All of the postal kiosks that have been proposed in the past have the feature of accepting mail that has been prepared by the user and receiving payment from the user for delivery of the mail. Although these kiosks provided a service, they have the requirement that the user provide a finished mail piece. A finished mail piece is one that is in a condition to be posted after postage has been paid.

Clearly, it would be advantageous if a kiosk were available that would supply finished mail pieces to an individual so that, that individual could post mail without having to provide the finished mail item. In addition, it would be advantageous to have a kiosk that produced finished mail pieces in response to information received from an individual. Further, it would be advantageous to provide a kiosk that dispenses a ticket or receipt in addition to providing postal services.


A kiosk has been conceived wherein a user of the kiosk is provided with a finished mail piece, such as a postcard, upon appropriate certain information being supplied to the kiosk. The finished postcard will have the address printed thereon as well as various bar codes that are relied upon for delivering the postcard. The kiosk of the instant invention is particularly useful in a tourist environment where individuals may not have access to items such as postcards. More particularly, the kiosk would dispense a postcard that has an association with the environment in which the kiosk is located.

The kiosk has a data input device, such as a touch screen monitor, through which the user can supply the name of the party to whom the postcard is to be sent, as well as the address of the party. Upon receiving appropriate information, the kiosk prints the address on the postcard, prints mail processing information, and delivers the postcard to the user. The user can then write a message on the postcard and subsequently post the same. This posting can be accomplished by inserting the finished post card into another kiosk specifically designed to receive the finished post card.

One of the features of the instant kiosk is that the forms for the postcards are on a roll, but the kiosk has a device for uncurling the postcard forms so that the user receives a postcard without a curl. Optionally, the kiosk may issue a ticket that would have a purpose in the environment in which the kiosk is located or a receipt if there is a charge for using the kiosk.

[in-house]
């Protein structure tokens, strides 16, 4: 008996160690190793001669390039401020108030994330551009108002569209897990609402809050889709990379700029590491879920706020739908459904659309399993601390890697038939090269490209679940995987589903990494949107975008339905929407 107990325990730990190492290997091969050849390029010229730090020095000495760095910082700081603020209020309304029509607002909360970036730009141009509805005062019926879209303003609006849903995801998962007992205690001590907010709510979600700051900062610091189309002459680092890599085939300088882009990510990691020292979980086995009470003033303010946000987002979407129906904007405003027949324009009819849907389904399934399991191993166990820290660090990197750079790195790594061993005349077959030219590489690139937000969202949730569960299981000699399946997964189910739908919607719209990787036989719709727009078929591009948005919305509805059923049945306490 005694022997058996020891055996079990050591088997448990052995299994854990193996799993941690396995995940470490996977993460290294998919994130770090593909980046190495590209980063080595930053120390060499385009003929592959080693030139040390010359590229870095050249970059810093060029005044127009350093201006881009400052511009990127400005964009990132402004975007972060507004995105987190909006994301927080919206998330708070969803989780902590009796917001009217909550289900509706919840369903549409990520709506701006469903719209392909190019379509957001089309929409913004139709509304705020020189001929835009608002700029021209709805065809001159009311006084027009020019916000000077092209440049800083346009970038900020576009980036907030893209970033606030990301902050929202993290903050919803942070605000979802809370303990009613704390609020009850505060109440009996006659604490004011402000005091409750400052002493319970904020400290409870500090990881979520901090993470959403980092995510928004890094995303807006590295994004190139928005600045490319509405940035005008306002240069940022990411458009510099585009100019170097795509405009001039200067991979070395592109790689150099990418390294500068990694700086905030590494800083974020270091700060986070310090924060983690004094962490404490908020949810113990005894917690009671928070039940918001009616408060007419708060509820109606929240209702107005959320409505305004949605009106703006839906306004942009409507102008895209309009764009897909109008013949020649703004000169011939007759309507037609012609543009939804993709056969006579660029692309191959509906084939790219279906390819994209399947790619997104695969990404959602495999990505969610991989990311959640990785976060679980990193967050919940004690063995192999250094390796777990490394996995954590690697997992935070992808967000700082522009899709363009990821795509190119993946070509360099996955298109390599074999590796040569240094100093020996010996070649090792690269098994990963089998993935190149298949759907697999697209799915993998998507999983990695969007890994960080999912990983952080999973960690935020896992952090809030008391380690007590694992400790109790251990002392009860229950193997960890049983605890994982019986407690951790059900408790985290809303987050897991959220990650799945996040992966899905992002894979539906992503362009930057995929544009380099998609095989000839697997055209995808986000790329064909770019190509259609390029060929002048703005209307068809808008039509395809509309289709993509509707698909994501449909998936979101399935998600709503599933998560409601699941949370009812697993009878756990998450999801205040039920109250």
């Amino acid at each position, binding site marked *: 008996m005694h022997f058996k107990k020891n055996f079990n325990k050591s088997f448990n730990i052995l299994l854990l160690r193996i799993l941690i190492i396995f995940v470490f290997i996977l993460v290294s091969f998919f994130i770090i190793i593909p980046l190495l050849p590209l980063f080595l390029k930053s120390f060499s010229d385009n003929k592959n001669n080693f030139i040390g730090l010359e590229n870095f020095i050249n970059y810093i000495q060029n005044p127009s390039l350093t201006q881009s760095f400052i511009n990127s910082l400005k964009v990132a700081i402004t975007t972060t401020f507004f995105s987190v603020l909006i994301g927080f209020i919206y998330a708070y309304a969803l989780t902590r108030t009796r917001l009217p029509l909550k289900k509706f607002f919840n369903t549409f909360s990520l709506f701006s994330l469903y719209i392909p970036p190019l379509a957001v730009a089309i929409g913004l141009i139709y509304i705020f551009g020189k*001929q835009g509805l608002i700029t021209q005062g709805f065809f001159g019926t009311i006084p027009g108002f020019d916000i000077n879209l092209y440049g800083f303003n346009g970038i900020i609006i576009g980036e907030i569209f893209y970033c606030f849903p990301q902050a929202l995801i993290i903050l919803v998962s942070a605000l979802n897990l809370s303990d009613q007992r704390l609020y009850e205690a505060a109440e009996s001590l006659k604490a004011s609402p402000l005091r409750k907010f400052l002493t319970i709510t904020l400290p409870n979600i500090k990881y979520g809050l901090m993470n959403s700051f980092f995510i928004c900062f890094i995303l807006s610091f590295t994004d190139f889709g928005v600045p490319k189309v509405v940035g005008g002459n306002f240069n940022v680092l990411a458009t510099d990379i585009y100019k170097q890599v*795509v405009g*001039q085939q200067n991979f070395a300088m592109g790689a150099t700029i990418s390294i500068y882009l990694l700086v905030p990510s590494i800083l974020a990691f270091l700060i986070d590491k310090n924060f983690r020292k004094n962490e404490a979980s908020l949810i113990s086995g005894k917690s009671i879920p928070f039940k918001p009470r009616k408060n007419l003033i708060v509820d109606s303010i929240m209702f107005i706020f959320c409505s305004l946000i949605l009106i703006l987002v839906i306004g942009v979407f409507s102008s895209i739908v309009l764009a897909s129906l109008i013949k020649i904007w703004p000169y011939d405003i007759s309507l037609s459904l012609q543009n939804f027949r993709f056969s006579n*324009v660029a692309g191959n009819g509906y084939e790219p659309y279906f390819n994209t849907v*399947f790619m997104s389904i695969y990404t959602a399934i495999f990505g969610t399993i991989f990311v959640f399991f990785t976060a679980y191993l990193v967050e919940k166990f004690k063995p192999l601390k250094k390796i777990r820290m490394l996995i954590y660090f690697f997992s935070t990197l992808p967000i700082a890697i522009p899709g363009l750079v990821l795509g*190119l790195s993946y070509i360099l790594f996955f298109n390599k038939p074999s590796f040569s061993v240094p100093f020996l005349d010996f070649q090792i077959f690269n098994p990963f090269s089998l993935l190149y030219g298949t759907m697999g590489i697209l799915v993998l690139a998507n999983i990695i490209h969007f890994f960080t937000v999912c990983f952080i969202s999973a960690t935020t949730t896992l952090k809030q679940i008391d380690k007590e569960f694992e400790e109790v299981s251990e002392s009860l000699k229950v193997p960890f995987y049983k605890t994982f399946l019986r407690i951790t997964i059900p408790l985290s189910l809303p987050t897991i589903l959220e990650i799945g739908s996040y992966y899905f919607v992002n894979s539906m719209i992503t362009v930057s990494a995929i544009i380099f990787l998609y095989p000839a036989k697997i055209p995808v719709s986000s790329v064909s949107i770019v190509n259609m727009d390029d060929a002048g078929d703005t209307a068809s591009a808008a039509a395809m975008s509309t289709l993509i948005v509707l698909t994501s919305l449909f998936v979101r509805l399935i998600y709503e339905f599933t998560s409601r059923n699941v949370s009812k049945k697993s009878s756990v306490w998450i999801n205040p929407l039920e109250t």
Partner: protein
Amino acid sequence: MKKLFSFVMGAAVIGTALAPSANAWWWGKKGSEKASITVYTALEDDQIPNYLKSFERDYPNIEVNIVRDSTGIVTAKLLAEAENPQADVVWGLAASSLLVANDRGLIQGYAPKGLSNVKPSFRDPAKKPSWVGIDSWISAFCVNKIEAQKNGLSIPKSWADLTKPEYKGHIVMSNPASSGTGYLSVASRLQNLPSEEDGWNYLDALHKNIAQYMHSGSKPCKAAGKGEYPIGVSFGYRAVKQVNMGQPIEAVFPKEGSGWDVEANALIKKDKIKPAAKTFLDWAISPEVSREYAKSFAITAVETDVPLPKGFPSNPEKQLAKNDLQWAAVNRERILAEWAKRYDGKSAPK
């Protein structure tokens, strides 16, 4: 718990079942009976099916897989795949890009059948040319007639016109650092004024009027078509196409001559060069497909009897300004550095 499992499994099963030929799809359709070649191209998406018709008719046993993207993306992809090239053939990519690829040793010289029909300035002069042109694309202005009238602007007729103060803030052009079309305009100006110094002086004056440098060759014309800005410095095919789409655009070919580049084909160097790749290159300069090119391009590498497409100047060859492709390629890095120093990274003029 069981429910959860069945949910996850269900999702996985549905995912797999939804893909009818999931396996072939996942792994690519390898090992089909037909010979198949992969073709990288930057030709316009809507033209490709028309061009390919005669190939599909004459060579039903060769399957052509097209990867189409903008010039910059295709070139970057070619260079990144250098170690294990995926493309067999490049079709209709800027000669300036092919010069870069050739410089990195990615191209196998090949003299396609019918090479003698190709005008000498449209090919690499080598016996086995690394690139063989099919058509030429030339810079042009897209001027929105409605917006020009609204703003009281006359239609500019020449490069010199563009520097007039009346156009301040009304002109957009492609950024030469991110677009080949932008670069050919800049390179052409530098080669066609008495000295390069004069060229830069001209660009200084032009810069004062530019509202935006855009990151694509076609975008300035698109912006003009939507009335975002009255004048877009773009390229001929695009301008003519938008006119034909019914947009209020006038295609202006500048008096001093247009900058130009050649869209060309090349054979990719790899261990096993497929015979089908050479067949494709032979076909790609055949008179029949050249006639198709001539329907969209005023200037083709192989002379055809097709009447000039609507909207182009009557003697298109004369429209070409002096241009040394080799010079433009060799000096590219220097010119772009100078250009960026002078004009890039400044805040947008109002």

FIG. 1 is a front view of a kiosk that incorporates the features of the instant invention with interior parts shown in phantom;

FIG. 2 is a cross sectional view taken along the lines 2--2 of FIG. 1, showing the de-curling device of the kiosk;

FIG 3 is a cross sectional view taken along the lines 3--3 of FIG. 1 that shows the ticket dispensing device of the kiosk;

FIG. 4 is a functional diagram of the components of the kiosk shown in FIG. 1;

FIG. 5A is a plan view of the front of a postcard and FIG. 5 B is the back side of a postcard finished in accordance with the instant invention;

FIG. 6 is a flow chart that represents the program under which the kiosk operates.


With reference to FIG. 1, a postal finishing kiosk is shown generally at 10. Although the kiosk may be one that is capable of dispensing a variety of mail pieces, the kiosk of the instant invention will be described in conjunction with the dispensing of postcards. The kiosk 10 is a finishing kiosk and does not apply postage to a postcard. The kiosk is intended to be used with a postage applying kiosk such as that shown as described in concurrently filed patent application entitled "Postage Applying Kiosk". The kiosk 10 has a housing 12 that supports the components of the kiosk, the housing being supported by a plurality of legs 14. A sign 16 is located above and supported by the kiosk 10 and contains alpha numerics to indicate the function that the kiosk serves. A pair of shelves 18a, 18b are provided so as to allow the users of the kiosk 10 to write their messages on postcards dispensed by the kiosk. A touch screen monitor 20 is supported by the housing 12. Located above the touch screen monitor 20 are a pair of speakers 22 that serve the purpose of giving operating instructions to the user. The housing has an outlet slot 24 and a chute 26 made of a transparent material, such as Lucite, with the upper end of the chute 26 being located at the output end of a printer 28. Another outlet slot 30 is located at the lower end of a transparent chute 32 with the upper end of the chute being adjacent to a ticket printer 34.